He may be named Zero but we give him 10 out of 10 for the work he is doing in the community.
And South Australia’s inaugural canine court companion is now a step closer to supporting vulnerable witnesses in court.
While Zero has been providing support to vulnerable witnesses during meetings with the Office of the Director of Public Prosecutions to prepare for court, he hasn’t yet been able to provide this help in the courtroom.
But that is all set to change today when amendments proposed to the Evidence Act that will allow canine court companions to accompany vulnerable witnesses while they are giving evidence in South Australia’s courts will be introduced into State Parliament.
“Zero has helped more than 100 vulnerable victims or witnesses and the feedback about the comfort and support he has provided has been overwhelmingly positive since the began this project in 2018,” said Attorney-General Vickie Chapman.
“Zero has been expertly trained to be calm and quiet, providing emotional support to victims or witnesses of crime in subtle, gentle ways such as by sitting at their feet, leaning into them or looking at them, particularly when he picks up on their distress.
“Children have shown less anxiety and emotional distress during the meetings, which can be upsetting and overwhelming for some at times.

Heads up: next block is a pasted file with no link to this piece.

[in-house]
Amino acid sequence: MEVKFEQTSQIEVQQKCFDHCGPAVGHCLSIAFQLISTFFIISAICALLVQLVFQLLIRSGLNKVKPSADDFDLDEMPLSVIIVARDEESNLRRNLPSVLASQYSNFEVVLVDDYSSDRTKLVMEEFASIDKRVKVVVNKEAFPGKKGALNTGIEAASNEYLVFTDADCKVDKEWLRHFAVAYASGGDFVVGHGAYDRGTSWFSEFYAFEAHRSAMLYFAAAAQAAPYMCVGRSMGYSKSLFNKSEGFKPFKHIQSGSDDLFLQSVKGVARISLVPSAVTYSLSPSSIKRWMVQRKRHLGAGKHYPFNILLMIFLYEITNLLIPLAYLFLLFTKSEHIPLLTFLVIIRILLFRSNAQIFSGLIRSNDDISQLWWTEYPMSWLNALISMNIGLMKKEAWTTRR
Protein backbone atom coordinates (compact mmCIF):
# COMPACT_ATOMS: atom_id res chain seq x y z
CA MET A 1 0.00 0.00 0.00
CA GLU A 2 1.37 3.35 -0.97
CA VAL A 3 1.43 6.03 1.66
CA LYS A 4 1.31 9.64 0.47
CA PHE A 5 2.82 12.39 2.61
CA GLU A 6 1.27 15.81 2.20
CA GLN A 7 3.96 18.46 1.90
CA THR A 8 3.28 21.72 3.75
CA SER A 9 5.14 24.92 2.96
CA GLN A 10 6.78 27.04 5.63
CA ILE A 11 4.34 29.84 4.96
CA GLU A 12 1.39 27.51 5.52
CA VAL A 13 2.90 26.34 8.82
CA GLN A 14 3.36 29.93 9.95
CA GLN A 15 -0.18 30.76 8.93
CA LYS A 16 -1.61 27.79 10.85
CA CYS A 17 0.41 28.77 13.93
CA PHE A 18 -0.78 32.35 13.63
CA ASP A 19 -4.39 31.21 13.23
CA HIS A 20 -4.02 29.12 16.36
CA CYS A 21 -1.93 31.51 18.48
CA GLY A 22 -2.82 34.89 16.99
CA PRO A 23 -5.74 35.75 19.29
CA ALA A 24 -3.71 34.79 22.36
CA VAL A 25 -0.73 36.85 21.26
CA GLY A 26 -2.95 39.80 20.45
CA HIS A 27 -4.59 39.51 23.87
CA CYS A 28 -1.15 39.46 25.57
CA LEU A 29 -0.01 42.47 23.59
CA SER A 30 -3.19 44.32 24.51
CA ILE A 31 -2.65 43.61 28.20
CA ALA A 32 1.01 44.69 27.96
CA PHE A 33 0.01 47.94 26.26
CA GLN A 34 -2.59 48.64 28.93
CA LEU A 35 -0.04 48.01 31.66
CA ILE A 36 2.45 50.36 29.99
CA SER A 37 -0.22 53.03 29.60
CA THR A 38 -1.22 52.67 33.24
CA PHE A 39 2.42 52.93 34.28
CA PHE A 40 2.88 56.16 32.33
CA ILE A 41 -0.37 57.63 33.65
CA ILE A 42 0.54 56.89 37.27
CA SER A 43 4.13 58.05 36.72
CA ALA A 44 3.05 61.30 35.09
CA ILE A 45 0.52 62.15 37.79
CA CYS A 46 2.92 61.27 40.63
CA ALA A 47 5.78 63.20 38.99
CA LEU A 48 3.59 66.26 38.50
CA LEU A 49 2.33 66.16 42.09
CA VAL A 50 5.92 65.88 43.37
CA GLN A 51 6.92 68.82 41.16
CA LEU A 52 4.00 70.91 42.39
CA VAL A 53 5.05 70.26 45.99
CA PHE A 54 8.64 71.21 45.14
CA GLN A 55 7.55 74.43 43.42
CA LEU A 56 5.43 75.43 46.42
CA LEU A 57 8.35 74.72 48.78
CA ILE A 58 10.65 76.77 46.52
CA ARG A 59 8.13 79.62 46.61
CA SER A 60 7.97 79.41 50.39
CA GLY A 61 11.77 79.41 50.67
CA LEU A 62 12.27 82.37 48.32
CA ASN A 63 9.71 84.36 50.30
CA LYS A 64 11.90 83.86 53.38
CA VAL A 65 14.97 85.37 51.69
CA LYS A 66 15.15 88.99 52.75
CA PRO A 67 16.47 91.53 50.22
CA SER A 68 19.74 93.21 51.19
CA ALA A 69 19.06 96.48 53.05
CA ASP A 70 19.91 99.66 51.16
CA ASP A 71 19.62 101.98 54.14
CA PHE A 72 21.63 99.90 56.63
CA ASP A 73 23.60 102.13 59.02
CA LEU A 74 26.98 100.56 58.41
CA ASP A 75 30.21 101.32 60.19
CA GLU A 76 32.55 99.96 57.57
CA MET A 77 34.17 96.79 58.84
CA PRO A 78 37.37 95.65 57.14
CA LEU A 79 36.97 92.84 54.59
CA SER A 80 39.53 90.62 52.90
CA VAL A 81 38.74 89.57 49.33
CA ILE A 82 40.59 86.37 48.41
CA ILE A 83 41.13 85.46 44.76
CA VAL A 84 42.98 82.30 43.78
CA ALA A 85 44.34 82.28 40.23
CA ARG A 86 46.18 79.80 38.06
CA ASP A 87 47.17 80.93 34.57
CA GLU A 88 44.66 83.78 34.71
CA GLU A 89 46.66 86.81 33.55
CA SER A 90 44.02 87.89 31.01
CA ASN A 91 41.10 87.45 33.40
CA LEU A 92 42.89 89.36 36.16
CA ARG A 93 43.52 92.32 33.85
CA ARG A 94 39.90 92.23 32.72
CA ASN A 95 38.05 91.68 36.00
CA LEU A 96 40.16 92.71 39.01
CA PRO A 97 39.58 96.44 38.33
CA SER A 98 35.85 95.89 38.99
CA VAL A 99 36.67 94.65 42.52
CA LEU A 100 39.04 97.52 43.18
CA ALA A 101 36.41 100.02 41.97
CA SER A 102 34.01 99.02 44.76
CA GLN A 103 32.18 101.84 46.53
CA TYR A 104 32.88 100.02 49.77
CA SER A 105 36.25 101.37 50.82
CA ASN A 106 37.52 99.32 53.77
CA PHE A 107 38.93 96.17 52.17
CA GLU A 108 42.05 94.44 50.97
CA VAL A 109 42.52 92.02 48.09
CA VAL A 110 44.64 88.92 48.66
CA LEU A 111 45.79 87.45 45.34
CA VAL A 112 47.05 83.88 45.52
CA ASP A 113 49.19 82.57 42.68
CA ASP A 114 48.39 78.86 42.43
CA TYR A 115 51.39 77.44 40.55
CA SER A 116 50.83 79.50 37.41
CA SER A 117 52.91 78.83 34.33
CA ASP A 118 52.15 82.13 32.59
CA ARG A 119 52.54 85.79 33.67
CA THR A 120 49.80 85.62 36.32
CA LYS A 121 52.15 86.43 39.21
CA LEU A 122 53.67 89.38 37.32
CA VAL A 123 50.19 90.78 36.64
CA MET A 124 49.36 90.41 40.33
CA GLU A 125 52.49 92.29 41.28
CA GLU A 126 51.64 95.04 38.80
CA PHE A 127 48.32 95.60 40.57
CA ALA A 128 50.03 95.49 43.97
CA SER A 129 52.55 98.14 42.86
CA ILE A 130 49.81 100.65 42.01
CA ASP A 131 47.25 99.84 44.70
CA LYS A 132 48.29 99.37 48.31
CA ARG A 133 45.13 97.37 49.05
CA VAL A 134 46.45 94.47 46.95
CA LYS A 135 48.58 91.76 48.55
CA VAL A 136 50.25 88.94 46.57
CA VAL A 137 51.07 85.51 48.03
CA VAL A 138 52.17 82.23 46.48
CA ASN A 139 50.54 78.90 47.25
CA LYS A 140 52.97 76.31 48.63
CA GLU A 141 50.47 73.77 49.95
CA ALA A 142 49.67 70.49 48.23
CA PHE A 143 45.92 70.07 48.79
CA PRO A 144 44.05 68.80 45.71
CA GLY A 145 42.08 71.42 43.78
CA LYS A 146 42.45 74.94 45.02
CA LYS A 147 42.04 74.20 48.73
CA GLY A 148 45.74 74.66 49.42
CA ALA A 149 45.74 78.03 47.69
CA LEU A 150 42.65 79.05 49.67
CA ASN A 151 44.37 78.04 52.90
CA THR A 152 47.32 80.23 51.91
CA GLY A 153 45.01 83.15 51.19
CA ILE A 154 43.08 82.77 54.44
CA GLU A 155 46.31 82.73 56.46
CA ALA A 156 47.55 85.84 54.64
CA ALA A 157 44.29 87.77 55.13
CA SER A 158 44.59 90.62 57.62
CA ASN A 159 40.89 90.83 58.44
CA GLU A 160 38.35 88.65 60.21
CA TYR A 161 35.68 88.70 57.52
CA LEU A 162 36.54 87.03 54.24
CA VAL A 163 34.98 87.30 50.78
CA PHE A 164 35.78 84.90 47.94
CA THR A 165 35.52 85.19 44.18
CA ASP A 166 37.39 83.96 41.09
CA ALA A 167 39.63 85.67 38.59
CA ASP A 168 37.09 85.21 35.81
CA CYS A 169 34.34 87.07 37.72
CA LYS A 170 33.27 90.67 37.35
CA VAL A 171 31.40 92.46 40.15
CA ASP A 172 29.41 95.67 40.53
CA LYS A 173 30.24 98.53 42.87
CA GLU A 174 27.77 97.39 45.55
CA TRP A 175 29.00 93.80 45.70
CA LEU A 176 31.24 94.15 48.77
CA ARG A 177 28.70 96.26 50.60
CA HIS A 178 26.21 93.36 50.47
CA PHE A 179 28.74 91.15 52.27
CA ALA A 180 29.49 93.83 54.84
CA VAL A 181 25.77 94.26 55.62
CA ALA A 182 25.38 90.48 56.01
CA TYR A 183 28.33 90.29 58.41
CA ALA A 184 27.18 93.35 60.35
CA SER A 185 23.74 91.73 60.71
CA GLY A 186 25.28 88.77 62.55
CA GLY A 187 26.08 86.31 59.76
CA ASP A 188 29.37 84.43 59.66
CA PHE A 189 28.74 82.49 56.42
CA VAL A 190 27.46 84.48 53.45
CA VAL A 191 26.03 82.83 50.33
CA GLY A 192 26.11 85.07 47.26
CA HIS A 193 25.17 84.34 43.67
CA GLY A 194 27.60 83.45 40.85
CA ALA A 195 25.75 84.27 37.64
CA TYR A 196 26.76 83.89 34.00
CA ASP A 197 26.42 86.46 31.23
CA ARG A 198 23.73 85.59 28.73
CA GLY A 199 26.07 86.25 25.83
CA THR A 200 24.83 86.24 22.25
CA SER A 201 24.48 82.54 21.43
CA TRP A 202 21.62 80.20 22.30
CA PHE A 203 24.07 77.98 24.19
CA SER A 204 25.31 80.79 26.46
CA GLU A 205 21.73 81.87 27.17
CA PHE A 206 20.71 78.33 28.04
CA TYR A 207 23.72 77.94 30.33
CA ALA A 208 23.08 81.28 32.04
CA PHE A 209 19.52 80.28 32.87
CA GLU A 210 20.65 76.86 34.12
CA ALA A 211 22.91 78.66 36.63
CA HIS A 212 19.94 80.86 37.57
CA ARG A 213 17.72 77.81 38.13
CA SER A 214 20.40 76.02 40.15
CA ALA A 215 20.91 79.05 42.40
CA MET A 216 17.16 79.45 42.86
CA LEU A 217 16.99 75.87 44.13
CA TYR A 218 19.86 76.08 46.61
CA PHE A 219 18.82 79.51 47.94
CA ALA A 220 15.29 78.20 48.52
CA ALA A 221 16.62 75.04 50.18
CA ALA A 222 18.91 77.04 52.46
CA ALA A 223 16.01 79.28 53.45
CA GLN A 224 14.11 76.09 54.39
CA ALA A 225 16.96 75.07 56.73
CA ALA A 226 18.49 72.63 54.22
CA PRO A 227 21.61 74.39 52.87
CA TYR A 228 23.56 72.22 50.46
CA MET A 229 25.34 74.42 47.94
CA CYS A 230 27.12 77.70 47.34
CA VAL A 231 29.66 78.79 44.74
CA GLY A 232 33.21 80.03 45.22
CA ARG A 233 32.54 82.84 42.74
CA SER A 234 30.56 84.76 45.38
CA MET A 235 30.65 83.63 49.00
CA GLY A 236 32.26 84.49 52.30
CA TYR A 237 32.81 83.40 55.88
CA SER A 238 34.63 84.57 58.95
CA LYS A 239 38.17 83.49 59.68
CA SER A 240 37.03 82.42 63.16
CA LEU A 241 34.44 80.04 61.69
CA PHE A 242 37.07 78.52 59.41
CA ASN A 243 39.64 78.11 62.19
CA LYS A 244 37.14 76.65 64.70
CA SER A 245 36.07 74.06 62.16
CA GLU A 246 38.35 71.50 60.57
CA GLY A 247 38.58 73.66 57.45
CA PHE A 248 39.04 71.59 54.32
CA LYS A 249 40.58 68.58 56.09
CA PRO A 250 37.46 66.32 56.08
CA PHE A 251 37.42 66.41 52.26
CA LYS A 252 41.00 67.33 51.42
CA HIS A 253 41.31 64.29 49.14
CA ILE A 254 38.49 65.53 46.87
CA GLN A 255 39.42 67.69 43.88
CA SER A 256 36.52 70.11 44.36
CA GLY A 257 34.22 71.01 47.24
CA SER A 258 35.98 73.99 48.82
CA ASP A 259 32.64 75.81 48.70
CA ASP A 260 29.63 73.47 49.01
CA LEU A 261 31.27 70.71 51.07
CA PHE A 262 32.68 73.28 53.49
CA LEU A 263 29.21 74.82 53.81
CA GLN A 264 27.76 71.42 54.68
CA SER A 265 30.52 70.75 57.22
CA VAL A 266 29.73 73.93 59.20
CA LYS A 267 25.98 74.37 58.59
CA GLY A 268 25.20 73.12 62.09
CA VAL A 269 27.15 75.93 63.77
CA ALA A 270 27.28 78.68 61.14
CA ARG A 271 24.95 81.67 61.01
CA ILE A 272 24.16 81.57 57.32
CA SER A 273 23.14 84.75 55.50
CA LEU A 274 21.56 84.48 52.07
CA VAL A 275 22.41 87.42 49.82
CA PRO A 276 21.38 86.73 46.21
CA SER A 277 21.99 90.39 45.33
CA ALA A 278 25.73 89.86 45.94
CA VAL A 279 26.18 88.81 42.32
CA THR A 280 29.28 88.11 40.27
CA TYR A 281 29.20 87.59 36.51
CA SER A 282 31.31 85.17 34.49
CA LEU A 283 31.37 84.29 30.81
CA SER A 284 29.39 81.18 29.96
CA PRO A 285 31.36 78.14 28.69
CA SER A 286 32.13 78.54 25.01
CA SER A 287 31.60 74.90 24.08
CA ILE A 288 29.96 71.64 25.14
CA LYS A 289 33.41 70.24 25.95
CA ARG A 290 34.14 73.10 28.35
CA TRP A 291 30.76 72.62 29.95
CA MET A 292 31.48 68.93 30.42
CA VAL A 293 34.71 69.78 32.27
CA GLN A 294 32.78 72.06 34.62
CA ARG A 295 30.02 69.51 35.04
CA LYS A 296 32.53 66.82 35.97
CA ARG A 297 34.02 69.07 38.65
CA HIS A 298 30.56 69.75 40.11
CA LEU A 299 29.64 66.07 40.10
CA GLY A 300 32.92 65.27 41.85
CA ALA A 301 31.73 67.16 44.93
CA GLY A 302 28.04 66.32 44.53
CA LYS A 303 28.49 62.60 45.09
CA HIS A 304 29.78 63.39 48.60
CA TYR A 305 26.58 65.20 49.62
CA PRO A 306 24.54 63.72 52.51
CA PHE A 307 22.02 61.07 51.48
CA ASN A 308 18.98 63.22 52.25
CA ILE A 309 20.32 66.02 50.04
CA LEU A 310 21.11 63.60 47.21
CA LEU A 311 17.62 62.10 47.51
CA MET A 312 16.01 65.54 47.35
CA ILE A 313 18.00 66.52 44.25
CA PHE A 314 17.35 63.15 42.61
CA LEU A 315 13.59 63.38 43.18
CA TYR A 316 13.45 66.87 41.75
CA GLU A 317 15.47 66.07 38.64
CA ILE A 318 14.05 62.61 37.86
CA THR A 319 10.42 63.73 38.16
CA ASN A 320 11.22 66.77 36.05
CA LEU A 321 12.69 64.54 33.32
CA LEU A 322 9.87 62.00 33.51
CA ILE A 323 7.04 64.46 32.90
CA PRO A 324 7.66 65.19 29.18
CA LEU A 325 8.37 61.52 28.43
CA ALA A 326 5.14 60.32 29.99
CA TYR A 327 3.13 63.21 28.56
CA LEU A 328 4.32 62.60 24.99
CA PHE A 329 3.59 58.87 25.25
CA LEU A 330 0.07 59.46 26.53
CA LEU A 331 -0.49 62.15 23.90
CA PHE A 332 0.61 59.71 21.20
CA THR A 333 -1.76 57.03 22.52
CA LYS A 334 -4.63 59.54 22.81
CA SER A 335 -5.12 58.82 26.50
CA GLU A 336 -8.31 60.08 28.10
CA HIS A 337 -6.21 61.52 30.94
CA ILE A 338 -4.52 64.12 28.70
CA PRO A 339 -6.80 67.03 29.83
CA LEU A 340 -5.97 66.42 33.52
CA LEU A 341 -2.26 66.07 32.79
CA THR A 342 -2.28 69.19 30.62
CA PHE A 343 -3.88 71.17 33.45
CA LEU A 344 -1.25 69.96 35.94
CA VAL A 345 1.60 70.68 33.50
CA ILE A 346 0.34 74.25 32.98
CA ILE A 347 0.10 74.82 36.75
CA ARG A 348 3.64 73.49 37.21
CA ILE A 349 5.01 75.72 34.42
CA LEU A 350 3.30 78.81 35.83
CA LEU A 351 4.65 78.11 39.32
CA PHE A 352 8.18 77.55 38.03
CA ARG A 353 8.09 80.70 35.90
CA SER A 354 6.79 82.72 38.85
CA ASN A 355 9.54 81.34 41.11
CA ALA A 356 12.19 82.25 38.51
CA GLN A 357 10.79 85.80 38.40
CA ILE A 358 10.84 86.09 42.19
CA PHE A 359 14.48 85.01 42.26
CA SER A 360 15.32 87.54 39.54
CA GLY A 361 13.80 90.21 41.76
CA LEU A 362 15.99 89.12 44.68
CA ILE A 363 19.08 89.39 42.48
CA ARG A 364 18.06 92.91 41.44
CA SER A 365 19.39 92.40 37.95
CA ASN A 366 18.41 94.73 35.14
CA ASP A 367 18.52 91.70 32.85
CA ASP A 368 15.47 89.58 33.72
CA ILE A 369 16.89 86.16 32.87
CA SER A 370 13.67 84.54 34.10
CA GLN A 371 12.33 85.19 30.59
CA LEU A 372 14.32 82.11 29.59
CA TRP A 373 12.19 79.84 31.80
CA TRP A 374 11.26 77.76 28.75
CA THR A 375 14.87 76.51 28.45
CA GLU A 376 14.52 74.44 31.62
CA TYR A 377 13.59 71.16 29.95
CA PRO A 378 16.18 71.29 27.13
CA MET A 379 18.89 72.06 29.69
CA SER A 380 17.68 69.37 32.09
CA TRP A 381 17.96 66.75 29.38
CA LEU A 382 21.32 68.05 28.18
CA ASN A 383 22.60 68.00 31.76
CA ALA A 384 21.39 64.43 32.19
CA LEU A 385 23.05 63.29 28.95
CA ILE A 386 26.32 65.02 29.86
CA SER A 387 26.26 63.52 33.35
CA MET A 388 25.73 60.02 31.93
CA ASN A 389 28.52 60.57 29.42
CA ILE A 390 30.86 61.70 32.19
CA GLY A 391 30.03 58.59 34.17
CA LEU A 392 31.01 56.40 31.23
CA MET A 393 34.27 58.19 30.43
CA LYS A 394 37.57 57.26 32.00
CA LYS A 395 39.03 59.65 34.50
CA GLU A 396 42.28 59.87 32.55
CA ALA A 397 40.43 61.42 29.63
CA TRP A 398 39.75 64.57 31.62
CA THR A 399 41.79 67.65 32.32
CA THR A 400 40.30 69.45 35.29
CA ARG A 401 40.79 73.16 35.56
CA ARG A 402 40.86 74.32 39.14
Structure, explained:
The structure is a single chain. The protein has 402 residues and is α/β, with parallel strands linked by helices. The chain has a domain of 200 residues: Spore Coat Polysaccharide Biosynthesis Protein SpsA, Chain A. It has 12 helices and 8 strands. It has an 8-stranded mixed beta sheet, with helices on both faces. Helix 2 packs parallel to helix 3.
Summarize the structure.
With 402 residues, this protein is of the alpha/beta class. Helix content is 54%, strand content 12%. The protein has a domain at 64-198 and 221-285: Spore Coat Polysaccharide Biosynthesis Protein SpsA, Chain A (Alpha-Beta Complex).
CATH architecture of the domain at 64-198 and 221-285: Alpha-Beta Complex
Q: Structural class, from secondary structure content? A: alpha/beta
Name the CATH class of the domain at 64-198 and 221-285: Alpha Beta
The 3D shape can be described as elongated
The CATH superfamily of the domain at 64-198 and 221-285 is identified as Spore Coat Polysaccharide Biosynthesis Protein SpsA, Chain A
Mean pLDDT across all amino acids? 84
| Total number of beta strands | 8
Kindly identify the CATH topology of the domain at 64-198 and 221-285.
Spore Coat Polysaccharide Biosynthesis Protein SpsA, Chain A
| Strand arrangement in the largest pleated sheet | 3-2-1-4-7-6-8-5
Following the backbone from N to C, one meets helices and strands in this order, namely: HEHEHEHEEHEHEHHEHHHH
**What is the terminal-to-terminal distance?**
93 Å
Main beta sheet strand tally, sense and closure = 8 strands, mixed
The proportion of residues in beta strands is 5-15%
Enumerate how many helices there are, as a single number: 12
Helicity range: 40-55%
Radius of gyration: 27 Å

“Zero has exceeded at all that has been asked of him, and we are now at the stage where we can consider what support he can provide in the courtroom.
“This initiative of Office of the Director of Public Prosecutions and Guide Dogs SA/NT highlights that we need to keep looking for improvements in the operation of our legal system.”
One parent of a vulnerable witness has told the ODPP how Zero’s calming influence changed her daughter’s level of anxiety in her preparation for trial.
“The first time we went in for the meeting we did not have the privilege of having Zero for assistance and my daughter had anxiety the night before, rough sleeps and (was) not eating,” she said.
“To see, feel and note the massive difference was huge. She wasn’t sick, her appetite was normal, she slept normal and went home chirpy, talking about Zero to her friend and siblings.
“I cannot thank you enough for allowing her the opportunity to have the few hours with Zero – I believe the second visit with Zero made her more relaxed and confident to approach the next step, the trial itself.”
The proposed legislative changes will allow canine court companions to accompany witnesses while they give their evidence in serious criminal prosecutions.
If passed, it’s expected that Zero will be introduced to court gradually, initially providing comfort in waiting areas, and in the witness box or vulnerable witness suites in following months.
The canine court companion’s attendance will be subject to the approval of the judicial officer.
Where possible the canine court companion will not be visible in any audio visual record of the evidence or to a jury, to minimise any potential for prejudicial impact.
The bill also seeks to minimise the risk of vulnerable witnesses having to give evidence both at pre-trial special hearings and at trial, through clearer provisions regarding the admission of pre-recorded evidence.
“Both these measures seek to minimise the trauma that children, people with disabilities and other vulnerable witnesses can sometimes face, when having to re-live their experiences through the criminal justice system process.”